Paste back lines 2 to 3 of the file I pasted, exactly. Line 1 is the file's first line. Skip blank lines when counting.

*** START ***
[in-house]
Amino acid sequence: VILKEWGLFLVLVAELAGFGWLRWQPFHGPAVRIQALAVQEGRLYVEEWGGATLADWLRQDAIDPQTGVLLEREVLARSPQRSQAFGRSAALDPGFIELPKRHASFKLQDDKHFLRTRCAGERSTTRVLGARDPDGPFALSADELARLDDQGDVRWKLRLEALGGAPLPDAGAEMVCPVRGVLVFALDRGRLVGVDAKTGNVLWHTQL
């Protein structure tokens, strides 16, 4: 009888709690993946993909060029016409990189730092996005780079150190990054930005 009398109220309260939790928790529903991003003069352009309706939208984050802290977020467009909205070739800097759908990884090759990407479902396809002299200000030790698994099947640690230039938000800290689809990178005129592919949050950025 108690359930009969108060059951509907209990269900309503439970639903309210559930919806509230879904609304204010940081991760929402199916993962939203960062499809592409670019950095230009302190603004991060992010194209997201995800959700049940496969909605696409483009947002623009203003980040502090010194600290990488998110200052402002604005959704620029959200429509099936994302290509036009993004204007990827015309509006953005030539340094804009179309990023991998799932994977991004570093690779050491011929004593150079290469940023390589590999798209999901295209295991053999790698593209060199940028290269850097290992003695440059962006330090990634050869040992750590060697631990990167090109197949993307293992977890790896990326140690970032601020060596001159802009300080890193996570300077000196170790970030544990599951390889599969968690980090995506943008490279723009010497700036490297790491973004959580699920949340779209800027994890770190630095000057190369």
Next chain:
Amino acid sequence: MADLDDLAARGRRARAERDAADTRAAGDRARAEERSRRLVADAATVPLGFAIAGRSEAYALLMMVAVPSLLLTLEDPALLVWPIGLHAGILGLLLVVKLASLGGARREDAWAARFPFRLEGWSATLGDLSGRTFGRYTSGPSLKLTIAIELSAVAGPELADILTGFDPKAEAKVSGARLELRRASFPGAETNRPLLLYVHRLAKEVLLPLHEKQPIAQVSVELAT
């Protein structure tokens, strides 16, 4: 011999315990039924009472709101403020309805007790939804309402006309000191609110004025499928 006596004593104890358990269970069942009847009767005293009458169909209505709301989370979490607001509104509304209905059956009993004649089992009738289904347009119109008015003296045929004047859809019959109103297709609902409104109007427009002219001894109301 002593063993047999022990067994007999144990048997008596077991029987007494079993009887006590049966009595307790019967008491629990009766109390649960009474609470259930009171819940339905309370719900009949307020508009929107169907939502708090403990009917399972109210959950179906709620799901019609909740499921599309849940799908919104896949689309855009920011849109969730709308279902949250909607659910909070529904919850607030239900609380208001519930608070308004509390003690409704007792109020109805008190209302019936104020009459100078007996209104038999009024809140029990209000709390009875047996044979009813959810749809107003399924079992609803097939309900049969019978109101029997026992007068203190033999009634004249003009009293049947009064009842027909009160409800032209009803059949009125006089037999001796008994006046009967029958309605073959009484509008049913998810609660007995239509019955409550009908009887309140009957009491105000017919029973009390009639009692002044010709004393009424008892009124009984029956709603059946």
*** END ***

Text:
Amino acid sequence: VILKEWGLFLVLVAELAGFGWLRWQPFHGPAVRIQALAVQEGRLYVEEWGGATLADWLRQDAIDPQTGVLLEREVLARSPQRSQAFGRSAALDPGFIELPKRHASFKLQDDKHFLRTRCAGERSTTRVLGARDPDGPFALSADELARLDDQGDVRWKLRLEALGGAPLPDAGAEMVCPVRGVLVFALDRGRLVGVDAKTGNVLWHTQL
């Protein structure tokens, strides 16, 4: 009888709690993946993909060029016409990189730092996005780079150190990054930005 009398109220309260939790928790529903991003003069352009309706939208984050802290977020467009909205070739800097759908990884090759990407479902396809002299200000030790698994099947640690230039938000800290689809990178005129592919949050950025 108690359930009969108060059951509907209990269900309503439970639903309210559930919806509230879904609304204010940081991760929402199916993962939203960062499809592409670019950095230009302190603004991060992010194209997201995800959700049940496969909605696409483009947002623009203003980040502090010194600290990488998110200052402002604005959704620029959200429509099936994302290509036009993004204007990827015309509006953005030539340094804009179309990023991998799932994977991004570093690779050491011929004593150079290469940023390589590999798209999901295209295991053999790698593209060199940028290269850097290992003695440059962006330090990634050869040992750590060697631990990167090109197949993307293992977890790896990326140690970032601020060596001159802009300080890193996570300077000196170790970030544990599951390889599969968690980090995506943008490279723009010497700036490297790491973004959580699920949340779209800027994890770190630095000057190369």